Firm meaty and earthy, shiitake mushrooms bring a wonderful texture and flavor to a variety of dishes.
What are they?
First cultivated in Southeast Asia as far back as the 1200s, shiitake mushrooms are now a culinary favorite in the region. The popularity of shiitakes has spread throughout the world and they are now the third most grown and consumed mushrooms worldwide. Shiitakes are often sold fresh but are also available dried.
Shiitake are often more expensive than other mushrooms, largely due to the cultivation process. They are grown on the decaying logs of specific deciduous trees. The harvesting process is time-consuming and as a result they are more expensive.
Shiitake mushrooms are graded by quality with donko (winter mushroom) huāgū (flower mushroom) being the two highest grades.
Flavor and texture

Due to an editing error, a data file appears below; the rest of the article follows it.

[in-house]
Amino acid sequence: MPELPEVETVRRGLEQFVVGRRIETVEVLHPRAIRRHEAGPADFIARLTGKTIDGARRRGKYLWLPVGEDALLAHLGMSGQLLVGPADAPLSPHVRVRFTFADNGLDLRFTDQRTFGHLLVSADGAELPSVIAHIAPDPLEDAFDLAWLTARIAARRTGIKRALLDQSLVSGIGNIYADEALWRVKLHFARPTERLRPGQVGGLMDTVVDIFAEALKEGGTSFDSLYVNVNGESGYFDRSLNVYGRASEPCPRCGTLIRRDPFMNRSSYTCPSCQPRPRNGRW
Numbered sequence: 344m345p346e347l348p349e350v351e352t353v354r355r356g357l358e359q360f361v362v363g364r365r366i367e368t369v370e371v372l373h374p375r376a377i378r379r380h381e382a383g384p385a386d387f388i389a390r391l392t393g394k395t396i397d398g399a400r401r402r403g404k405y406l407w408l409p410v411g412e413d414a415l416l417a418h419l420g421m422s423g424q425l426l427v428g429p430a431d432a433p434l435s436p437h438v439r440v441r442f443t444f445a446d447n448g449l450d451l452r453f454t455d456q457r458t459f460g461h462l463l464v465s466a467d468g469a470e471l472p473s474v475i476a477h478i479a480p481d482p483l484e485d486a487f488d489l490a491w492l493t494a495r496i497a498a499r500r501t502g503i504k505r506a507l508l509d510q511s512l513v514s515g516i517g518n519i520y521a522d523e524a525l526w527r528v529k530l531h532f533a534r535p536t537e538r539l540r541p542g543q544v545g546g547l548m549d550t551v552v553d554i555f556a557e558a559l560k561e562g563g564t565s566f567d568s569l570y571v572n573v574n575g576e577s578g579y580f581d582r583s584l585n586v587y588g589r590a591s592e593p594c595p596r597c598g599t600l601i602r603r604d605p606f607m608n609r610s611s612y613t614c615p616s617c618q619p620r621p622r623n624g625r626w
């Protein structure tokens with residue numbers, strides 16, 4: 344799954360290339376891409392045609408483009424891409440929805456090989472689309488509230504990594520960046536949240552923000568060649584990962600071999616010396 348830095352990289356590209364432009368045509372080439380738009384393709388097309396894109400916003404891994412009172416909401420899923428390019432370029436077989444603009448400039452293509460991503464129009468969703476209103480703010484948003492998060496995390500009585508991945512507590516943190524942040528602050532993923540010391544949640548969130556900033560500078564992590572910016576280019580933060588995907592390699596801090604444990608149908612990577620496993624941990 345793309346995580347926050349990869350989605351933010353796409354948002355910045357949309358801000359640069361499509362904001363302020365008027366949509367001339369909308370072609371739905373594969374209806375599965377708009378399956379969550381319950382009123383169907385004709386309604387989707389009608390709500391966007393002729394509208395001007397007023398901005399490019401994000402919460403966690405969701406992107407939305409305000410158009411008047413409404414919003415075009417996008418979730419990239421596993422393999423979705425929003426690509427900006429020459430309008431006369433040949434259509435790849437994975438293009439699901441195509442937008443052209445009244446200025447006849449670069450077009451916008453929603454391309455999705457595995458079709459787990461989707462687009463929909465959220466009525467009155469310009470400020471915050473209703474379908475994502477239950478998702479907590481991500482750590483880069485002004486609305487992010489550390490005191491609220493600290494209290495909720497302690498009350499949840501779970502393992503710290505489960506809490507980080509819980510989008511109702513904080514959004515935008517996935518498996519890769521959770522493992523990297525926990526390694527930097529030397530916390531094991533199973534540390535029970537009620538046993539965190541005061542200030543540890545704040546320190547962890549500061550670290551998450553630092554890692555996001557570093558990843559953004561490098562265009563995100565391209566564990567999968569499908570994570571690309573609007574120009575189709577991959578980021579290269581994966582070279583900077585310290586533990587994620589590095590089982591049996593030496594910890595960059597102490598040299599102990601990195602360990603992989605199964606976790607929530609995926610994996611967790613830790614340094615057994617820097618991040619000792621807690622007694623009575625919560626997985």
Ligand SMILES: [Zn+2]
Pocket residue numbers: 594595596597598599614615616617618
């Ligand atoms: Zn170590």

Shiitake mushrooms have a firm texture and can be fairly chewy if not cooked correctly. The mushrooms have a strong meaty taste and an earthy quality. Because of the way they are processed, dried shiitakes have a stronger, more concentrated flavor than the fresh equivalents.
How to use them
Umami-rich shiitake mushrooms are a common ingredient in East Asian cuisine and are often used to make miso soup and some types of dashi. If you would like to experiment with shiitake mushrooms, be sure to try our recipes for Thai Coconut Chicken Curry, Vegan Mapo Tofu, and Bibimbap-Style Rice Bowls with Spicy Tofu.